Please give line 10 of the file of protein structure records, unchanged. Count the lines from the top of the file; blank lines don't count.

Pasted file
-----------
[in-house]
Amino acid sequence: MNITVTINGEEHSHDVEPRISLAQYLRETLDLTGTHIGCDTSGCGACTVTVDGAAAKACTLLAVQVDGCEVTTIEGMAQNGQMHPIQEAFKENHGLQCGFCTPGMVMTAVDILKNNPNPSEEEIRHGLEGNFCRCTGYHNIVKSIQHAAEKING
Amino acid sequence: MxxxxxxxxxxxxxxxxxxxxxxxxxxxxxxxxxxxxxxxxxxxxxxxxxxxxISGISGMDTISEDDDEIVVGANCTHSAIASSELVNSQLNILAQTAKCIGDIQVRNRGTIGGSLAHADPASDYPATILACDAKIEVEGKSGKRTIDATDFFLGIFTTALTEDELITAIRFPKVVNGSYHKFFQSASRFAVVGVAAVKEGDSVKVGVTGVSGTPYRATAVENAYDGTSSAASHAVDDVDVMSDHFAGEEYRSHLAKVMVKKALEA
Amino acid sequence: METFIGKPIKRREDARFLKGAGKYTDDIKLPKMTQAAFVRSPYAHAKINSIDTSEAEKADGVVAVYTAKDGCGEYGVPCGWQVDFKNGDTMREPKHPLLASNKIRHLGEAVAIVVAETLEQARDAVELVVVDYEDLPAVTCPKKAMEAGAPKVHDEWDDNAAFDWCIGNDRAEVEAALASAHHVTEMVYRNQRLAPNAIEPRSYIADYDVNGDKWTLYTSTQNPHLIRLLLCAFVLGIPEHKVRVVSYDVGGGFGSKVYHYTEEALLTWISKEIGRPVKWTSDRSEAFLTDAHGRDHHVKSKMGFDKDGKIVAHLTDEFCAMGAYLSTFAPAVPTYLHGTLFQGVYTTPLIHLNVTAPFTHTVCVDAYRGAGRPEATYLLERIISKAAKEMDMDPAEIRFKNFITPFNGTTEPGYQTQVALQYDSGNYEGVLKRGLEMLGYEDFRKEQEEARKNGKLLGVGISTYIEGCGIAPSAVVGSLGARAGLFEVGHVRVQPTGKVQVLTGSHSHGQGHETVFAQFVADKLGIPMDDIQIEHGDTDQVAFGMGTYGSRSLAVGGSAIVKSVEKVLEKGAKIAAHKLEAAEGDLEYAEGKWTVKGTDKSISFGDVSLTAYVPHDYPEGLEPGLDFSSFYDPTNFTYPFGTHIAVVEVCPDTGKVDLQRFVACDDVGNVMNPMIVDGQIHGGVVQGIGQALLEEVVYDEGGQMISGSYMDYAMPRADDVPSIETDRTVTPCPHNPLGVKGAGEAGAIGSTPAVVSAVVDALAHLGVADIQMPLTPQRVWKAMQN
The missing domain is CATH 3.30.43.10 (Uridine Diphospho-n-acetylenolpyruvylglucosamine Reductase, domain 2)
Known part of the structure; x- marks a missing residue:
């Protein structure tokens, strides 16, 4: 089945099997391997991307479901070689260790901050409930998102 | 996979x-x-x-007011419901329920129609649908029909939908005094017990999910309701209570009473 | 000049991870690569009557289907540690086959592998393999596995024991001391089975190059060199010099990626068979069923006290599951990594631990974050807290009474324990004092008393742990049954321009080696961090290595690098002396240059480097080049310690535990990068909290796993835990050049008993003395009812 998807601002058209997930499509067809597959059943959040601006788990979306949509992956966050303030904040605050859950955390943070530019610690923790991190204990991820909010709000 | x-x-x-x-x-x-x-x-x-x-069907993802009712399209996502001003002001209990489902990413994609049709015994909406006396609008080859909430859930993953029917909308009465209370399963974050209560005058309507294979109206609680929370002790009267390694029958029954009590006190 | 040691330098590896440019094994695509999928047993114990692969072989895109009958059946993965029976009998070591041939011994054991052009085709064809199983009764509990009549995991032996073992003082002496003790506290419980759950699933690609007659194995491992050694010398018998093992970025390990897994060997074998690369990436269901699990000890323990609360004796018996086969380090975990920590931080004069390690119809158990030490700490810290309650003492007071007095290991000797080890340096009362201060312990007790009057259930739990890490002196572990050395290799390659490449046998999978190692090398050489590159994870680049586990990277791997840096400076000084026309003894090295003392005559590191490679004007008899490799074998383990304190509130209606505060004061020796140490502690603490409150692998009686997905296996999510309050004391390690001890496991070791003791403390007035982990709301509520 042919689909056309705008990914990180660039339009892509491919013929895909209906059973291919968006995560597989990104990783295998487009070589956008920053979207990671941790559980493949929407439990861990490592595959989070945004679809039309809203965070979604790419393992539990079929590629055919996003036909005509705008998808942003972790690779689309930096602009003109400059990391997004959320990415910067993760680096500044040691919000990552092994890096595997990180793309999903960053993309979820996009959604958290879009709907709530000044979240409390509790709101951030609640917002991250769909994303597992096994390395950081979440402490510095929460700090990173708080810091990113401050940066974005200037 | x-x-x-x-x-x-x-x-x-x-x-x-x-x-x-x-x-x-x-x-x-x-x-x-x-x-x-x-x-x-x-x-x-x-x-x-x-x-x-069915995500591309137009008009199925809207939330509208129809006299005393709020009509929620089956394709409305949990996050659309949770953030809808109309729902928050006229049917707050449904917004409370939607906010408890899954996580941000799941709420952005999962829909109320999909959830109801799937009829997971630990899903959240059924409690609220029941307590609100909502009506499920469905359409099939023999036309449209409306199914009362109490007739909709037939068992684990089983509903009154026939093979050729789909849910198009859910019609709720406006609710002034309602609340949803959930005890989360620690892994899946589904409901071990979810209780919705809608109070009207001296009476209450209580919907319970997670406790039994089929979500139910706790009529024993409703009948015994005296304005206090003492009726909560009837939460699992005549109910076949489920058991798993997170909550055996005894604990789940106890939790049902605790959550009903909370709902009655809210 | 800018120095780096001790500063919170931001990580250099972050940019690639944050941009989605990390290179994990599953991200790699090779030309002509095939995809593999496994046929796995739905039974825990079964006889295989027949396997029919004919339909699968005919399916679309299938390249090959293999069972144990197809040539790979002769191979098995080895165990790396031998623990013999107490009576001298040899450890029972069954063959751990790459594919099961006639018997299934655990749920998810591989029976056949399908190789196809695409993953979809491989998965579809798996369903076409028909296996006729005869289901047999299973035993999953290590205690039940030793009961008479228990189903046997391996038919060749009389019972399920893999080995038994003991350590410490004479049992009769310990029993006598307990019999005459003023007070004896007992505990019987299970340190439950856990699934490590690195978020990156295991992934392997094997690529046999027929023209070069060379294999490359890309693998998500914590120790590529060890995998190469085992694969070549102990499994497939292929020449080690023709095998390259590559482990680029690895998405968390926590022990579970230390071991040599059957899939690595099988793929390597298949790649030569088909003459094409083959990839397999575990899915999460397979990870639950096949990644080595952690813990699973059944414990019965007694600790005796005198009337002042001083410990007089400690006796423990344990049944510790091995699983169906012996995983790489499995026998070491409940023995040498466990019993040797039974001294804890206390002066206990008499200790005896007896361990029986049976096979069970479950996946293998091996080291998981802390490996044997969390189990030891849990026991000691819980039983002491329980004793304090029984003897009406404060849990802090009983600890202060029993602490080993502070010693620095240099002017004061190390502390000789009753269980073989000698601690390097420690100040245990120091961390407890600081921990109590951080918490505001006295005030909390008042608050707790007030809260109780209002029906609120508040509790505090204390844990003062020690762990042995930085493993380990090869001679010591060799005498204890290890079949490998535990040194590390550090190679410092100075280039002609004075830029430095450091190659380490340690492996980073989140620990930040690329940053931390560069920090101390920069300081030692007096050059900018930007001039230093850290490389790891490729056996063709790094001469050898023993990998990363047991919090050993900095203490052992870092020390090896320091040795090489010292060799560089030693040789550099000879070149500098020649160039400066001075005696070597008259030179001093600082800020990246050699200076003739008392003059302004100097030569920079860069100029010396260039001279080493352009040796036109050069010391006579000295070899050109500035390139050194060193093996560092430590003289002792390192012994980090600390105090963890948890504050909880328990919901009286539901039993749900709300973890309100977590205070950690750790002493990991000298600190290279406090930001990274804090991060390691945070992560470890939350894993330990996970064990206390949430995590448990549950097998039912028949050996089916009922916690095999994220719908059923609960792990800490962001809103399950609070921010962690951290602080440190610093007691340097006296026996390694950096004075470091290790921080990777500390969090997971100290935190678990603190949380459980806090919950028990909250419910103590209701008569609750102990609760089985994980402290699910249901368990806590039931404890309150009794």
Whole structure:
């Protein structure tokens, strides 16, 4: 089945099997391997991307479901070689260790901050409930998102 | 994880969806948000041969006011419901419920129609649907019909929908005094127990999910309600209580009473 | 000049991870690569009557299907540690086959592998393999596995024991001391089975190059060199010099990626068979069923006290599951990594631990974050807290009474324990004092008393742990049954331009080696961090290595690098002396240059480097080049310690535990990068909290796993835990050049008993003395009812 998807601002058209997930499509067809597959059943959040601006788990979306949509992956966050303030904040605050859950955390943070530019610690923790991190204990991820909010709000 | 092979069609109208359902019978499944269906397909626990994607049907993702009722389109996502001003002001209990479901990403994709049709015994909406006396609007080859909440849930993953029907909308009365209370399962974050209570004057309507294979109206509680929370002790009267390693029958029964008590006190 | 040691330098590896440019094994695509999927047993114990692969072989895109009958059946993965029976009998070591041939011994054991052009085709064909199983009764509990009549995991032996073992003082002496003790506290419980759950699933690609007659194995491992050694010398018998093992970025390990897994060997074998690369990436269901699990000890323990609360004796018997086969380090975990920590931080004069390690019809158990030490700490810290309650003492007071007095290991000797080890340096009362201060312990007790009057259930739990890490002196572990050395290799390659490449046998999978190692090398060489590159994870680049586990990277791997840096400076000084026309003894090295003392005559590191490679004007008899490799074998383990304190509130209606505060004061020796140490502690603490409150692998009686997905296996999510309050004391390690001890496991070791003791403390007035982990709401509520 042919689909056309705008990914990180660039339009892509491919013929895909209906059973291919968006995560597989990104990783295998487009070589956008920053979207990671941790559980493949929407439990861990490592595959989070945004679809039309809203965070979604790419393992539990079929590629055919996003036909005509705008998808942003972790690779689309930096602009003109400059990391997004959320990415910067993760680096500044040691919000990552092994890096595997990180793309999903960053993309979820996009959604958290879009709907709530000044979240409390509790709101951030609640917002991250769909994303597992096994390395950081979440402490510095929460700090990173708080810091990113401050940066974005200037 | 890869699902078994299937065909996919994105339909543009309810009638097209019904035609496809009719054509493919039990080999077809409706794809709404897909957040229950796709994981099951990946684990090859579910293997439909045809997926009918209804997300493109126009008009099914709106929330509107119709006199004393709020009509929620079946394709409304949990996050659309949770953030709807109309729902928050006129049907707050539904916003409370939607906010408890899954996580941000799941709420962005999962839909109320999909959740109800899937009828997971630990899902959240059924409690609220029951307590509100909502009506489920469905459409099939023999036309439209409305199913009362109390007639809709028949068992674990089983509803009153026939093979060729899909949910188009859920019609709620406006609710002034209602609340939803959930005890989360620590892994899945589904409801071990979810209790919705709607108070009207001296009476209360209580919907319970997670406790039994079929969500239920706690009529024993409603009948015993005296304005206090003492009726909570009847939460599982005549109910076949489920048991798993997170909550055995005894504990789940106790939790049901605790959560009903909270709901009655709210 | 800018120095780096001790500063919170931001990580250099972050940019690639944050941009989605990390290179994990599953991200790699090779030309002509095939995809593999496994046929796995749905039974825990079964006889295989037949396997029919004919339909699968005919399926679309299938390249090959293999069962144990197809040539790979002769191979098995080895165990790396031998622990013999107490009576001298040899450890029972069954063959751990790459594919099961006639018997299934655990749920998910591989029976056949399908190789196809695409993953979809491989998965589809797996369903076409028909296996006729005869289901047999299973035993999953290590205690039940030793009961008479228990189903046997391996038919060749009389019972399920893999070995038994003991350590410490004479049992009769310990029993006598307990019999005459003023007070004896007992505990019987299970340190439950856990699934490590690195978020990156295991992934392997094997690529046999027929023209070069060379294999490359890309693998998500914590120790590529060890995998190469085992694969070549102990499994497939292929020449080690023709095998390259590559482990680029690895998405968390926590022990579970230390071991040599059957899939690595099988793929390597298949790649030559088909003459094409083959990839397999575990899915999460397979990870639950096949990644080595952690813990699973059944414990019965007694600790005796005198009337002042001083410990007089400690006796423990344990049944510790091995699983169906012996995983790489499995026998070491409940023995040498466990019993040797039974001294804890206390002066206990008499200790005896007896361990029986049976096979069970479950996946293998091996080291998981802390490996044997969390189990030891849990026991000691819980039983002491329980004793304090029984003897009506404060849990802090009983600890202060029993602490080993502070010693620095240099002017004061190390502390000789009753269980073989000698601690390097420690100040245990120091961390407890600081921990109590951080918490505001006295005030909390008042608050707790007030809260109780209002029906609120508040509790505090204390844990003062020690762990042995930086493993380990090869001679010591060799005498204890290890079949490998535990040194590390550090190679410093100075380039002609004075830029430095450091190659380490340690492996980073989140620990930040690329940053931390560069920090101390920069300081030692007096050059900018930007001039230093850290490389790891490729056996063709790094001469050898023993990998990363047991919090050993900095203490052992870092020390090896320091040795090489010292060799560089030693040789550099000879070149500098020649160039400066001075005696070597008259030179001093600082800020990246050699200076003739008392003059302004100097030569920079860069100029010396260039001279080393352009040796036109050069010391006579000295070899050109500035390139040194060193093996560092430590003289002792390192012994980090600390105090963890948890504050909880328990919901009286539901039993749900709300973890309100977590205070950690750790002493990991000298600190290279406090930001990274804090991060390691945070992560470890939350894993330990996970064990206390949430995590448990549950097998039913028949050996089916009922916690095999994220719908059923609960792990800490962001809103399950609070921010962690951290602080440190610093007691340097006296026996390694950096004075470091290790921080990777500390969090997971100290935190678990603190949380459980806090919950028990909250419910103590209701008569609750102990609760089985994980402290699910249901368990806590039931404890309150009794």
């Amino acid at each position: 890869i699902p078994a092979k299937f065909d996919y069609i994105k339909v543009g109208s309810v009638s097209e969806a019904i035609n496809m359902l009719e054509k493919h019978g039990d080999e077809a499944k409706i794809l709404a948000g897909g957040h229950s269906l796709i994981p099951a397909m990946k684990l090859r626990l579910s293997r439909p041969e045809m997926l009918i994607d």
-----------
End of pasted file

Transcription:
């Amino acid at each position: 890869i699902p078994a092979k299937f065909d996919y069609i994105k339909v543009g109208s309810v009638s097209e969806a019904i035609n496809m359902l009719e054509k493919h019978g039990d080999e077809a499944k409706i794809l709404a948000g897909g957040h229950s269906l796709i994981p099951a397909m990946k684990l090859r626990l579910s293997r439909p041969e045809m997926l009918i994607d």